Would depopulation work?

Would a reduction in our population help solve the climatic, social, and economic problems we face?
06 December 2022

Interview with 

Kathleen Mogelgaard, Population Institute


An empty park


A higher population has consequences not just for our environment, but also our economy. So should depopulation - long term measures to cut population growth rates - be on table at all? At face value, it seems straightforward: a lower population would liberate resources and living space, and probably cut disease outbreak risks. But is this even feasible, or worth pursuing? The Population Institute’s Kathleen Mogelgaard…

Kathleen - This is a really interesting question, and I think it's a question that is asked over and over again, over the decades and asked in different ways. But essentially, I think the question is how many people can the Earth support? And to me, this is a question that is kind of interesting to ask because it does lead us to further explore what that means, what the assumptions are that we're making about those people and how they live on the planet. The effects that a given population has on the planet is a result of a number of different factors, the number of people that are there, the consumption of those people, and then the kinds of technologies that we have in place that moderate that consumption. So from my perspective, there is no magic number of people that the earth can support. The answer to that question is, it depends. What do we envision for the lifestyle of those people? What do we envision for the technology that's in place, that's widely used in people's consumption? And then what do we assume about the resources that they are using in that consumption? So in my mind, there is not necessarily any benefit to a reduction of human population or to an increase in human population. It all directs us to think about how we live on this planet and what our values are in terms of people's overall levels of health and wellbeing, and how we value other natural systems on the planet too - other species biodiversity or freshwater systems, that kind of thing. So it really is a question of how we can organize ourselves collectively to ensure that the planet can be sustained, the natural systems that sustain us can continue to be sustained, and that we all can have a world in which people can enjoy health and wellbeing.

Will - So it's far more worth putting time and energy into improving our infrastructure and our levels of equality than it is simply trying to reduce the number of people we have.

Kathleen - Right, but it certainly does not mean that we shouldn't think about population issues and particularly as we've passed this population milestone of 8 billion people, it's a terrific opportunity for us to reflect on population dynamics and what that means for our life. And in particular, I think this is an opportunity for us to understand where there continues to be deep and persistent inequities that are driving rapid population growth in many parts of the world. So from my perspective, the day of 8 billion is an opportunity for us to really understand and double down on our commitments to women and girls around the world. Women and girls who don't have opportunities in their lives, who don't have access to services, who don't have rights to their own bodily autonomy and who maybe are not able to pursue an education. All of these things, when we can make these kinds of investments, will have the effect of not only improving people's lives, but reducing fertility over the long term and putting the brakes on the population growth that we are continuing to see. And that just makes our other sustainable development goals, the prospects for achieving those sustainable development goals brighter. If we can put the breaks on population growth, and do it in a way that improves the health, wellbeing and rights of people around the world. I'm not sure why we're not doing that right now. Those are investments that pay dividends now and in the future.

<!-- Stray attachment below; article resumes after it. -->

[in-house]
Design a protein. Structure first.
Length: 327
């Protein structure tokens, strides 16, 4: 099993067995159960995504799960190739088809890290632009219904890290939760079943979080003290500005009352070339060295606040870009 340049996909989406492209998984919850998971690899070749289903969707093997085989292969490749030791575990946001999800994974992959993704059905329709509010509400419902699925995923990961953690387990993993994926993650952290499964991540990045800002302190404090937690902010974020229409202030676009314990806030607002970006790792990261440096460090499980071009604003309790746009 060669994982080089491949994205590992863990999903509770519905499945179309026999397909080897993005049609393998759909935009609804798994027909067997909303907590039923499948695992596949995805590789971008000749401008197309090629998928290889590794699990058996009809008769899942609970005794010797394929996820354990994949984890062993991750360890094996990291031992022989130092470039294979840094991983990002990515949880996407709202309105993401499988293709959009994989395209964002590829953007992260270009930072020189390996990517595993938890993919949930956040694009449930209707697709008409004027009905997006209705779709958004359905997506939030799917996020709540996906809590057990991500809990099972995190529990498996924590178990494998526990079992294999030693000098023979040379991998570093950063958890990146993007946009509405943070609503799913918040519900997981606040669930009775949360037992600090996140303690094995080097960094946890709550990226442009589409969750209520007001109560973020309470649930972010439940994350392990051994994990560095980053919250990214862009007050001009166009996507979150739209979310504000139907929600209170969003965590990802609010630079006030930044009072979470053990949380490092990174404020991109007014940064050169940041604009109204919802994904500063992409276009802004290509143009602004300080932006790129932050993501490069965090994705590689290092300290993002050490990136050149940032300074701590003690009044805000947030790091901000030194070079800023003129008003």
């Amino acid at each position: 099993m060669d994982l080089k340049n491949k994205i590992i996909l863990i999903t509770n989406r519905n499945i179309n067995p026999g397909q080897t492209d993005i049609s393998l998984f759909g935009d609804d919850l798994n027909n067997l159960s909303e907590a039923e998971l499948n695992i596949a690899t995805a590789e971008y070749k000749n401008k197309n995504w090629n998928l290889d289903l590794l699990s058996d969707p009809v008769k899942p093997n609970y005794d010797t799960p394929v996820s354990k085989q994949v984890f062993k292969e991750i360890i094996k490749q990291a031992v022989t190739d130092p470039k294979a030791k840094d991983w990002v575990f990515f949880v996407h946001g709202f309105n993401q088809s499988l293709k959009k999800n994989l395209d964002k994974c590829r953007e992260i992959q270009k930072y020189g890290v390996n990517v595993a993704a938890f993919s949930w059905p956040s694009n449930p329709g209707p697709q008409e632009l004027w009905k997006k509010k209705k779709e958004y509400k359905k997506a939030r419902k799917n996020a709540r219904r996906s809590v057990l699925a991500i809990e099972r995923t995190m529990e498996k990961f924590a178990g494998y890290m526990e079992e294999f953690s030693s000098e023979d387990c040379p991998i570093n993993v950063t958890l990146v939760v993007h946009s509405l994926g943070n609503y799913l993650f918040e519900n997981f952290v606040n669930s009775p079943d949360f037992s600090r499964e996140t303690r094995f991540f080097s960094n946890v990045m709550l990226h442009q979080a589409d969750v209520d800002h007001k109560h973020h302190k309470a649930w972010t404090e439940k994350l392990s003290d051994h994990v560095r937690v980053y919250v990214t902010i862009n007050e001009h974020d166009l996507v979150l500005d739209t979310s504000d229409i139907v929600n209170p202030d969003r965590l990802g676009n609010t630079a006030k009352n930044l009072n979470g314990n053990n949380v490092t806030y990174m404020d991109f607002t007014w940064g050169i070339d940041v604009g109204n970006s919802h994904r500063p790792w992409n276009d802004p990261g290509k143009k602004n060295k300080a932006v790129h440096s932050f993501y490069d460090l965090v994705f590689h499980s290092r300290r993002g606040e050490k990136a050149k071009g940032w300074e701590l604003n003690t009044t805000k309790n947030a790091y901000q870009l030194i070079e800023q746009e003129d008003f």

Will - People who go, 'oh, we just need to reduce our population', perhaps don't realize the nuance of that kind of question because as you say, there's a severe imbalance in emissions across each individual. There are huge ethical implications to decide who suddenly has to go.

Kathleen - I'm not even sure what it means to reduce our population. If people are advancing this notion that we should reduce our population... I'm not sure what they're thinking about. Because even understanding the basic demographic concepts, you know, we've passed 8 billion people right now. We have the largest generation of young people entering their childbearing years now. So I'm not sure what it would mean to reduce population when we actually have a lot of momentum that is built into the population that we have here right now. People being born today are going to be tomorrow's parents and there are a lot of them. We just need to think more about how we could create a world that is safe, healthy, full of rights and opportunities for people. And that will have an effect of shaping population trends over the long term. But population trends are not anything that can be turned on a dime. It's something that investments today will have the effects a generation or two down the line. So if people are talking about population reduction in the present moment, it's really hard for me to understand what they have in mind in terms of how we would achieve that.


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